Rakta Karabi, Tagore’s complex dance-drama, to be made into a film

  • PTI, Kolkata
  • Updated: May 30, 2016 18:59 IST
The highly metaphorical work had been staged in the past by several famous theatre groups. (Shutterstock)

Rakta Karabi, one of the most complex works by Nobel laureate Rabindranath Tagore, will, for the first time ever, be made into a film by a young director but with a modern interpretation. The highly metaphorical work had been staged in the past by several famous theatre groups like the Bohurupee of all-time great Shambhu Mitra and Tripti Mitra.

Bohurupee’s was the first stage adaptation of the dance-drama back in 1954 while the latest stage presentation was made in 2010, directed by Goutam Haldar. Amitabh Bhattacharya’s directorial venture will have stage and film co-existing to present an altogether new experience.

Read: Five things you need to know about Rabindranath Tagore

“We are daring to open a fresh dialogue with Tagore and trying to evaluate the present condition through interpretation of the text while conforming to the format and essence of the original,” said the young director.

With the music scored by ace music director Debojyoti Mishra, cerebral Bengali stage and film actor Kaushik Sen will essay the pivotal role of Bisu Pagol while Mumtaj Sorkar of Bhooter Bhabisyot fame will be seen as Nandini.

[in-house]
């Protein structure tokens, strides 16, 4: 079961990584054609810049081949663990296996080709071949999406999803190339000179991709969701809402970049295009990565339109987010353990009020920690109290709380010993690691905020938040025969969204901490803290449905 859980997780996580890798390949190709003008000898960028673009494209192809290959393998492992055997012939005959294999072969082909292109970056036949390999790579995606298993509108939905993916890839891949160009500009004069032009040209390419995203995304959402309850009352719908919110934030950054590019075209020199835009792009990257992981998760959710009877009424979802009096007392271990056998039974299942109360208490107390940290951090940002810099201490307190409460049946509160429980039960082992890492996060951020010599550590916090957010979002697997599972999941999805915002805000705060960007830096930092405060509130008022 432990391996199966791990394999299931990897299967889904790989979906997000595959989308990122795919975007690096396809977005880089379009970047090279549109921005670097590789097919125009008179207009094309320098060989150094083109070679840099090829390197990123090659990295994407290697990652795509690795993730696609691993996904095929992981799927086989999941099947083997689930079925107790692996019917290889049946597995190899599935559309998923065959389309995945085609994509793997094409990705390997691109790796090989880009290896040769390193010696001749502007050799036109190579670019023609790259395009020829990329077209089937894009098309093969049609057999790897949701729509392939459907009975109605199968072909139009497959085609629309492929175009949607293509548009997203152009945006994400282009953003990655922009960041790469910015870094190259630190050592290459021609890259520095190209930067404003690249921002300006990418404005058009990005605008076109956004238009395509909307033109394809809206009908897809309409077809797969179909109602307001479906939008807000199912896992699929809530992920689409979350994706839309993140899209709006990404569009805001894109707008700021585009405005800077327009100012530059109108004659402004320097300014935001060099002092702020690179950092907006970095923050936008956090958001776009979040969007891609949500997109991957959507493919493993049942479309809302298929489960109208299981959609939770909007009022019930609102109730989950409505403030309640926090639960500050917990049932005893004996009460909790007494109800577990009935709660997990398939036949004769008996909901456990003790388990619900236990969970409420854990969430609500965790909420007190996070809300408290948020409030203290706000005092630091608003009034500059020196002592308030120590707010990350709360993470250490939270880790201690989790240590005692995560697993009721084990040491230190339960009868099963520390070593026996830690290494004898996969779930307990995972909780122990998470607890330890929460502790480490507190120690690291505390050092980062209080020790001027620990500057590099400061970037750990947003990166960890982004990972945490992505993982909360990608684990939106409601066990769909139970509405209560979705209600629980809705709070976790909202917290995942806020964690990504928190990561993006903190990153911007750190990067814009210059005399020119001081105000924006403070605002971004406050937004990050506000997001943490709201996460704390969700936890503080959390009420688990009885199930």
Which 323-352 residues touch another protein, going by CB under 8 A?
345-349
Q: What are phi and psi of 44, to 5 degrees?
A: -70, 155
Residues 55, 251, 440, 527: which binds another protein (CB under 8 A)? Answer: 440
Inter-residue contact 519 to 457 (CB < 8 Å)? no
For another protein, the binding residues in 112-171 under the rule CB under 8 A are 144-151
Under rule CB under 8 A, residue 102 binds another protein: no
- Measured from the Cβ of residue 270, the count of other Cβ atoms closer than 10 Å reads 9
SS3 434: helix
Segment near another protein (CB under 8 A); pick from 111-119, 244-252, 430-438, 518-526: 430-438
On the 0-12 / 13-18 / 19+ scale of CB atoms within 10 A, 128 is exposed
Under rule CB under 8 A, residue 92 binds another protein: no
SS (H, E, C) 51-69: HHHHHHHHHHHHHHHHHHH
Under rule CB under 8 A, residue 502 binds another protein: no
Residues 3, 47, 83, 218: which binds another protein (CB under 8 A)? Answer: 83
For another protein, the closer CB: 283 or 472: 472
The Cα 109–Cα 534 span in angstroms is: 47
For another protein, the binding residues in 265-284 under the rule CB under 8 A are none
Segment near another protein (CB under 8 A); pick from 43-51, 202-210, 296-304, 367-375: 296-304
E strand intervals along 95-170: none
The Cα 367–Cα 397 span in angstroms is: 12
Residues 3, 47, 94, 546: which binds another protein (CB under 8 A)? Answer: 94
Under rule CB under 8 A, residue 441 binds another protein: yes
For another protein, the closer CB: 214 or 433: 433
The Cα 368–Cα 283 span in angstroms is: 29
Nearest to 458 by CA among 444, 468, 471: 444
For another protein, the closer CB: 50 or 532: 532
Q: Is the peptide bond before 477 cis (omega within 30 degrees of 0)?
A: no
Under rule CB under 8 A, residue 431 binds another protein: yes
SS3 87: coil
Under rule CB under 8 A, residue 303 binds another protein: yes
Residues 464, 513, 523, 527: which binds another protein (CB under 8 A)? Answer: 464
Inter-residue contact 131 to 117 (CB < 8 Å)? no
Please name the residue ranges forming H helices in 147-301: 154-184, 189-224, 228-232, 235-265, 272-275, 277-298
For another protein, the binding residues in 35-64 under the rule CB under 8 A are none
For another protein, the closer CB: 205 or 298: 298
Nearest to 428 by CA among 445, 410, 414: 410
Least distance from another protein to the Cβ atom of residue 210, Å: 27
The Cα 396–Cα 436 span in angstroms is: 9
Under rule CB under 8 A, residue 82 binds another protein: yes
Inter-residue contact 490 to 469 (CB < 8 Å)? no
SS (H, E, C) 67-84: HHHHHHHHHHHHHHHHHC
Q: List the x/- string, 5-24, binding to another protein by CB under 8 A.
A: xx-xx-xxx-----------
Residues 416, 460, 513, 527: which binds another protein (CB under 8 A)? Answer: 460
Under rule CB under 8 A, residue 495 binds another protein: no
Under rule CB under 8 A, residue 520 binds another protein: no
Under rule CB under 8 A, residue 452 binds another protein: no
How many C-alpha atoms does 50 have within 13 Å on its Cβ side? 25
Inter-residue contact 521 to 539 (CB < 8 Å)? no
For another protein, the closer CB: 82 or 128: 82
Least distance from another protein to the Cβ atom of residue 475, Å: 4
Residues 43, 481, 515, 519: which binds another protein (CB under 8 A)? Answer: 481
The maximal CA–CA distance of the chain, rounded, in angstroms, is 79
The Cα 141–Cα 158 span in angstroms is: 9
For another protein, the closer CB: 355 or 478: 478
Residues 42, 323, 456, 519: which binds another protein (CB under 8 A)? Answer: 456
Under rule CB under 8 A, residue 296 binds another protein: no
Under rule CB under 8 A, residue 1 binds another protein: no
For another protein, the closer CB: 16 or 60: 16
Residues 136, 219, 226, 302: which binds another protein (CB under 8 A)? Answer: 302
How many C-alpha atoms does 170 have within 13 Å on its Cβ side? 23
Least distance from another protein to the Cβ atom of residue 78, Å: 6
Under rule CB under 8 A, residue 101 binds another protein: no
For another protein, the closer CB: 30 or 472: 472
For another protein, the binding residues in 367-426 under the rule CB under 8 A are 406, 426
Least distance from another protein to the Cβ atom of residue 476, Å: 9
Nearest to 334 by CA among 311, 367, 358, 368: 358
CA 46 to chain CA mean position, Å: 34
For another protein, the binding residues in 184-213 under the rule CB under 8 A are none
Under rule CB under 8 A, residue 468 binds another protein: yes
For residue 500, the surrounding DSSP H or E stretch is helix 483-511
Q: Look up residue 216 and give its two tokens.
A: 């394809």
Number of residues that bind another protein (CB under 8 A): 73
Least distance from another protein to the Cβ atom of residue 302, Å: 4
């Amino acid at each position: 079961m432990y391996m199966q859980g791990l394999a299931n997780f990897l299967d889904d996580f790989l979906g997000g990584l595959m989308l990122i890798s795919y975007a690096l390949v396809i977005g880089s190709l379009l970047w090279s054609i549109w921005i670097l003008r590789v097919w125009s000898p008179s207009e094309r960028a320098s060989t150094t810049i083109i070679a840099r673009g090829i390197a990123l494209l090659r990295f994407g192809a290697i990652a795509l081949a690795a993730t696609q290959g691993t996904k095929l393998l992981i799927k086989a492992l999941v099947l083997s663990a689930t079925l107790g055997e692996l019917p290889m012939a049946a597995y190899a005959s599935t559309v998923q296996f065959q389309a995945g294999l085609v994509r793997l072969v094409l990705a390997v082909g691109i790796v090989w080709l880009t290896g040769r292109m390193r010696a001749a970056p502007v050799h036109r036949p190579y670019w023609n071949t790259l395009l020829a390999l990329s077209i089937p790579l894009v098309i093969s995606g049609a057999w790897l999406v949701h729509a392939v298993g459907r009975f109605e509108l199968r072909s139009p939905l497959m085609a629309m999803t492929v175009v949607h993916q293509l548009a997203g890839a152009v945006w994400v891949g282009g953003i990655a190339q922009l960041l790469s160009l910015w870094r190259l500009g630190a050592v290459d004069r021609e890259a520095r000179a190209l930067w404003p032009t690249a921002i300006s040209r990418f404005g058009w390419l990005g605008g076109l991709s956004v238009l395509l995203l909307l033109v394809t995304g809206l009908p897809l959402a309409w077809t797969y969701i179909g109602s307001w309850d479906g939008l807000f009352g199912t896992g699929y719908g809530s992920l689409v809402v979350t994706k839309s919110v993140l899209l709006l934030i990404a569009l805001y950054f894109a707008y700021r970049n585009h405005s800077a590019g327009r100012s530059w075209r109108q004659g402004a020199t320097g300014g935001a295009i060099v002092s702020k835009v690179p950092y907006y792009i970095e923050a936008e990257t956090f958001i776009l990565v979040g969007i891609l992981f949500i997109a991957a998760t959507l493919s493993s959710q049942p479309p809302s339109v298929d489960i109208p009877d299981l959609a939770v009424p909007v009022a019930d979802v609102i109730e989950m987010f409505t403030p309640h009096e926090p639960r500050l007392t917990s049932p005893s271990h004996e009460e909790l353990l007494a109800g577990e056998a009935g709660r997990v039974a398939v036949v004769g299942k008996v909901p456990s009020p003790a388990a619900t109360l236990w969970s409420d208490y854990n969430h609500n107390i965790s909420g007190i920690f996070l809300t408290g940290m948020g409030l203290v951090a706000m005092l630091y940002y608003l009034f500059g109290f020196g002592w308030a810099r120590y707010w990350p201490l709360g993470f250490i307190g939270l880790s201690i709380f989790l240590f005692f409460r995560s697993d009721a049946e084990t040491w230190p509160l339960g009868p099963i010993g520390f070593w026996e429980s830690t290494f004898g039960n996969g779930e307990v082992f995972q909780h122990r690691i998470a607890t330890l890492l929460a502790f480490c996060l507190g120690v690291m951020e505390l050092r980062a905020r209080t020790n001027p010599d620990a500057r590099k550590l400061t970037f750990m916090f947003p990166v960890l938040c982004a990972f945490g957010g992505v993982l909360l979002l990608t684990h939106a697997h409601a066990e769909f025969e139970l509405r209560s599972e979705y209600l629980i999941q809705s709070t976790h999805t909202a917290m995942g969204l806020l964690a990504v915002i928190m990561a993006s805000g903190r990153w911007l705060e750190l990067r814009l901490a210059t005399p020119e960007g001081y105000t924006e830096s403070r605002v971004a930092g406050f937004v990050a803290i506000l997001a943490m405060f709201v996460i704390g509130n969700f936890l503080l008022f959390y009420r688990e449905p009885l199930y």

“My character Nandini is a modern-day girl wearing specs and she is like a typical university-going girl, a revolutionary, definitely a Marxist, who is not bothered about fashion but how the country should be run,” Sorcar said on location of the shooting here.

Read: Tagore was every inch a liberal and suited to our times

The director, who was standing by her side, interjected, “The film interpretation will have Nandini who looks like a typical JU student, an idealistic and simple girl, who talks in commonplace dialect but in pure, unadulterated Bengali.”

“But, when we shoot the stage play of Raktakarabi you will see a typical Tagorean Nandini as originally envisaged by Tagore in the drama written in 1923-24 during a visit to Shillong,” he added.

Red is the recurring theme of the play, inspired by the image of a red oleander plant crushed by a discarded piece of iron that Tagore had come across while walking through Shillong streets.

So, the costumes and color scheme will be dominated by red contrasted against green, the colour of freedom and exuberance.

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